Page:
Other biochemical and biophysical methods
In addition to spectroscopic tools, other methods to study proteins within LLPS droplets have been applied. A biochemical method exploiting chemical modification and mass spectroscopy, termed chemical footprinting, which allows identification of the structure of LC proteins in LLPS droplets was conducted (Xiang et al. 2015). Chemical footprinting utilizes N-acetylimidazole (NAI) as a reactive chemical compound that acetylates the side chains of Ser, Tyr, Lys, Thr, Arg, and Asn. By evaluating the residue-by-residue NAI reactivity by stable isotope labeling by/with amino acids in cell culture (SILAC) mass spectrometry, the exposure of each amino acid residue within an LLPS structure to solution can be estimated. Using this method, the existence of the cross-β polymer of the hnRNPA2 LC domain in LLPS droplets was discovered (Xiang et al. 2015).
High-speed atomic force microscopy (AFM) is another promising future tool that can be used to investigate LC proteins. AFM surveys the structure of a protein weakly immobilized onto a sample stage substrate by tapping the protein using a cantilever (Ando et al. 2013). High-speed AFM provides real-time video of the protein in solution at nm-resolution on the second or sub-second timescale, and has been used to investigate the polymers of LC proteins (Babinchak et al. 2019) and gels of protein fibers (Cui et al. 2019; Wang et al. 2019). More recently, high-speed AFM has been utilized in the observation of the protein in the LLPS droplet (Fujioka et al. 2020).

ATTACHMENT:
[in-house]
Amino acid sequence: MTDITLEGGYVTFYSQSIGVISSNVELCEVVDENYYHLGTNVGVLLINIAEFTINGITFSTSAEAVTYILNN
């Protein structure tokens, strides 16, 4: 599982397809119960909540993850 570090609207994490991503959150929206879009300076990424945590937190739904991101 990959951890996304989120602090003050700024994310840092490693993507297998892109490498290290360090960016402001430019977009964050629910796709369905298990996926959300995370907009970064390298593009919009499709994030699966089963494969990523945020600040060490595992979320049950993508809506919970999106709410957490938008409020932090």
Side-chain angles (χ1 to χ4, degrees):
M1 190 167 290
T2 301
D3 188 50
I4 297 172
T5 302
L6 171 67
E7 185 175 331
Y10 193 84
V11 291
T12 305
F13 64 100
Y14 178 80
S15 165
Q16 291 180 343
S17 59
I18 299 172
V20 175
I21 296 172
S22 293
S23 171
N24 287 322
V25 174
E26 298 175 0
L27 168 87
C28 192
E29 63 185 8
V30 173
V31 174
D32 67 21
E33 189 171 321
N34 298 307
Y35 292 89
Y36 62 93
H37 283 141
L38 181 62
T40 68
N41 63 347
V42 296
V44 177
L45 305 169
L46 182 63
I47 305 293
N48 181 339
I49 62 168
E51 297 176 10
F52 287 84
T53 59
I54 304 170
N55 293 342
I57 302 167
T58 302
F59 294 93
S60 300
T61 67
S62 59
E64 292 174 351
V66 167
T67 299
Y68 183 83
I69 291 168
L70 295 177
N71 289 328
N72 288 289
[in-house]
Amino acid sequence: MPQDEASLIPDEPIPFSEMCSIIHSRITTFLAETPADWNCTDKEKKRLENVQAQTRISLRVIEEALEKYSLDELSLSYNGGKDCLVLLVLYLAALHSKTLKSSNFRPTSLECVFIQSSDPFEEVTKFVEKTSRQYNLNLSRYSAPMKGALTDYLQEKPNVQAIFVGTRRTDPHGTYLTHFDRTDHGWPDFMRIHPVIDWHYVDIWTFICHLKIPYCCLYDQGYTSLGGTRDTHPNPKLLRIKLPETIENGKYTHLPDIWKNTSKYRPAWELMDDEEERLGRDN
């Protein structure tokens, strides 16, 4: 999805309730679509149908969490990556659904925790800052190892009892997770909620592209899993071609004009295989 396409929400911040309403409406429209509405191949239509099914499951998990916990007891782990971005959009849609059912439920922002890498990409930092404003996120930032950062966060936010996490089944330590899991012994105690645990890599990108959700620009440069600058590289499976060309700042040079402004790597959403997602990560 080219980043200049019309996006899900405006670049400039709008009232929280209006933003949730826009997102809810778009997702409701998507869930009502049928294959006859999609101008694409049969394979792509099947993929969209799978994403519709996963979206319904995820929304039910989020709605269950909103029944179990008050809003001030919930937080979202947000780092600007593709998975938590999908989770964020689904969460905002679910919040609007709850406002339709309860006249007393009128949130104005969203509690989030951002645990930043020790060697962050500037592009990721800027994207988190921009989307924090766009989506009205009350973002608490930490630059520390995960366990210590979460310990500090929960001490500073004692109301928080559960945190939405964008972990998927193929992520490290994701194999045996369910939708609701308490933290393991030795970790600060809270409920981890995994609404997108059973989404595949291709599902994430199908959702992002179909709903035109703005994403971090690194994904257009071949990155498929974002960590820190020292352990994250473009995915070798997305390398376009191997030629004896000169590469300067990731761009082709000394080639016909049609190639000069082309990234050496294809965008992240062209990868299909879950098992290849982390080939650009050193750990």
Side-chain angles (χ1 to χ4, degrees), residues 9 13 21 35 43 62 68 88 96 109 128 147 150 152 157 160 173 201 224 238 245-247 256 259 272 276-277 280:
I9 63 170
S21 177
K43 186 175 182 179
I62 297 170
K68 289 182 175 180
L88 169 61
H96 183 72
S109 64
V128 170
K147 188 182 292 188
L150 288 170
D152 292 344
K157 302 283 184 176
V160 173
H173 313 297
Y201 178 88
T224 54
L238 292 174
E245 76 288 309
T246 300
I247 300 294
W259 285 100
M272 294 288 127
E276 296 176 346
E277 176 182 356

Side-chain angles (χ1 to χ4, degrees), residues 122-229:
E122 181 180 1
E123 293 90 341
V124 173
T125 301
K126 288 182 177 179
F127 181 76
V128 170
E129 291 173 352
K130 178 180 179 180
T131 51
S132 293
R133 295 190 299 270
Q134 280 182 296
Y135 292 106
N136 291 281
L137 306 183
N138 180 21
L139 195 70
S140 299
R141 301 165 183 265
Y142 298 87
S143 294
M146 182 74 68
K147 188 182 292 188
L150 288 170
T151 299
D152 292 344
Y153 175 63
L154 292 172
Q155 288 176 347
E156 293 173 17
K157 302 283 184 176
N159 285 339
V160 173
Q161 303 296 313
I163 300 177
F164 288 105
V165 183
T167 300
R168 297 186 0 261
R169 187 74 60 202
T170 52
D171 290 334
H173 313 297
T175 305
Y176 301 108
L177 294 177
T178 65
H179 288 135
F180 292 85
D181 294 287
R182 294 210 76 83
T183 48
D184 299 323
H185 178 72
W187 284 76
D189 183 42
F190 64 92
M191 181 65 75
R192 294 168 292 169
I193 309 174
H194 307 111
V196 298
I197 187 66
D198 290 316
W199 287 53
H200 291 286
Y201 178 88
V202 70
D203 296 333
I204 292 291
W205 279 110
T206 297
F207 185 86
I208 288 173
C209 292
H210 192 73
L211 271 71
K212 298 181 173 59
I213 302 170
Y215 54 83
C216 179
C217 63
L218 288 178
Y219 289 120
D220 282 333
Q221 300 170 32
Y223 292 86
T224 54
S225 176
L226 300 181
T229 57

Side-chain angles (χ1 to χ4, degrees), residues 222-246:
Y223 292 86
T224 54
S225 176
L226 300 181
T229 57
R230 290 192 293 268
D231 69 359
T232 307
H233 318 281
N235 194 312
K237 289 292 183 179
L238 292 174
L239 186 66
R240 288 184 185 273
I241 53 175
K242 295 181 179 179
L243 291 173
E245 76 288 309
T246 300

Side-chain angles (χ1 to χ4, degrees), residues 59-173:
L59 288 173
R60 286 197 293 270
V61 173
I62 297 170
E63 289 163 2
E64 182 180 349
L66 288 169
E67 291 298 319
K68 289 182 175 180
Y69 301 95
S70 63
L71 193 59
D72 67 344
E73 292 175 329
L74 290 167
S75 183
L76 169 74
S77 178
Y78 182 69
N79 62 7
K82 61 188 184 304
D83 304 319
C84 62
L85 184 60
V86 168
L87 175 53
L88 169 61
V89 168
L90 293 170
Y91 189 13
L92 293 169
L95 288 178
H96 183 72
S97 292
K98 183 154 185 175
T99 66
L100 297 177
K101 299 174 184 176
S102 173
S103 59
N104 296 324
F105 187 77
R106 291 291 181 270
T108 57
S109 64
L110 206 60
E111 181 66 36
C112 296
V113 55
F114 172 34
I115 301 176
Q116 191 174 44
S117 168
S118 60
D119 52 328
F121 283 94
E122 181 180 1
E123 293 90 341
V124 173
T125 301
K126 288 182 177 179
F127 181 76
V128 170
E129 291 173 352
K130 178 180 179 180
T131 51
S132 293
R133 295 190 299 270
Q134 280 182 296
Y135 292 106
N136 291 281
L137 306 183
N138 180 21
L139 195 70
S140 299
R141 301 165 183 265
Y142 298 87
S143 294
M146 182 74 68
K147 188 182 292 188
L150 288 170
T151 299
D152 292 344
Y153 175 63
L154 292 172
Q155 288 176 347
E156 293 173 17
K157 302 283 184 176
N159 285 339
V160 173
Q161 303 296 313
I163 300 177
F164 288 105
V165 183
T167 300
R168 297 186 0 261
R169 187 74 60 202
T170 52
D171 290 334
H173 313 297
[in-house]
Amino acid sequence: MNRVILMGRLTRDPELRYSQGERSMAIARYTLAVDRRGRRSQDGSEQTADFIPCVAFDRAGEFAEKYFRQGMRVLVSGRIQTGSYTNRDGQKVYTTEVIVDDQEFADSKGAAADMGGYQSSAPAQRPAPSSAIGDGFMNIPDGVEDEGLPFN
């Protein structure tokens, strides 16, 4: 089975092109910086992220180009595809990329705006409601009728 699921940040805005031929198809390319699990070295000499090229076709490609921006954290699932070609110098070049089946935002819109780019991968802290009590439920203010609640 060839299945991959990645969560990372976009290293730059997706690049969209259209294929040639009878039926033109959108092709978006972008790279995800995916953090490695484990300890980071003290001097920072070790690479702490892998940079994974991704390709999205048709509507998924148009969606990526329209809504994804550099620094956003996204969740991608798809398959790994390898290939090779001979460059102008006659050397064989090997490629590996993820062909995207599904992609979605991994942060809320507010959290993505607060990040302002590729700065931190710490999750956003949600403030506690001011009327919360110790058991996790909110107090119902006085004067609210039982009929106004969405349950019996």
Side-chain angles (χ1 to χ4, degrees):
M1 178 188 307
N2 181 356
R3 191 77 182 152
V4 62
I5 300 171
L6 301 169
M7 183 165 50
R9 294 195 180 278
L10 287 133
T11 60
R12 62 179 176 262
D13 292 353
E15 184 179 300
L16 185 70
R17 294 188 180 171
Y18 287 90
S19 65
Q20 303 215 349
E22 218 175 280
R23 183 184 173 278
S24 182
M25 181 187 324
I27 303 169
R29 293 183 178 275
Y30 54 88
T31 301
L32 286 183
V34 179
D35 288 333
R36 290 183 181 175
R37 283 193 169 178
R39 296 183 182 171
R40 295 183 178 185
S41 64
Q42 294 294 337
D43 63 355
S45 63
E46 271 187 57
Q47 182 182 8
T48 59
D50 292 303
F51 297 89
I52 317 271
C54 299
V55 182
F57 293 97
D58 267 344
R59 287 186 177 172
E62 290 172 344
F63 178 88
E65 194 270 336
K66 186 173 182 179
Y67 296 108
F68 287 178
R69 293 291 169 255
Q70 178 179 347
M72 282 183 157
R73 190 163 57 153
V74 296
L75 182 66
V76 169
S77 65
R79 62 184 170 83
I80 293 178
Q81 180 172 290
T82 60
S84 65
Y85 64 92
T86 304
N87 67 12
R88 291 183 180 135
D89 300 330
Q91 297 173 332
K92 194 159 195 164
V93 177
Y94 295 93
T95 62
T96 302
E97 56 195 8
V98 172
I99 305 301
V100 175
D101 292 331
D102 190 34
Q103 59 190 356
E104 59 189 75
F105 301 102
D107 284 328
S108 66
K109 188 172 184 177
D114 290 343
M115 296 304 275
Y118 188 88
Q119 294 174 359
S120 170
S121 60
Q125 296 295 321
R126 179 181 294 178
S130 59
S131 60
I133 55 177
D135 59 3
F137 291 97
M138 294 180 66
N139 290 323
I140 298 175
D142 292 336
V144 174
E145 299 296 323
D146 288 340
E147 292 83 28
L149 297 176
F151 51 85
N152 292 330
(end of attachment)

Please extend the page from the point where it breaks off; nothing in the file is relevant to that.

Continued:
For structure determination of polymers of LC proteins, exploitation of solid-state NMR (Murray et al. 2017; Murray and Tycko 2020), X-ray diffraction, and micro-electron diffraction (micro-ED) (Guenther et al. 2018; Luo et al. 2018) have been applied. Formation of the cross-β polymer was also observed for the FUS LC domain in the solid phase through solid-state NMR (Murray et al. 2017; Murray and Tycko 2020). In addition to single particle cryo-electron microscopy (cryo-EM) analysis, micro-ED is one of the recent emerging techniques in the field of structural biology (Nannenga and Gonen 2019). In micro-ED, the electron diffraction is collected for micro-3D protein crystals. Since only a-few-micrometer-size crystals give high-resolution electron density maps, micro-ED reduces the requirement crystal size for structure determination of proteins. We believe the next step is to try applying these electron-based imaging techniques in studies on proteins in LLPS droplets.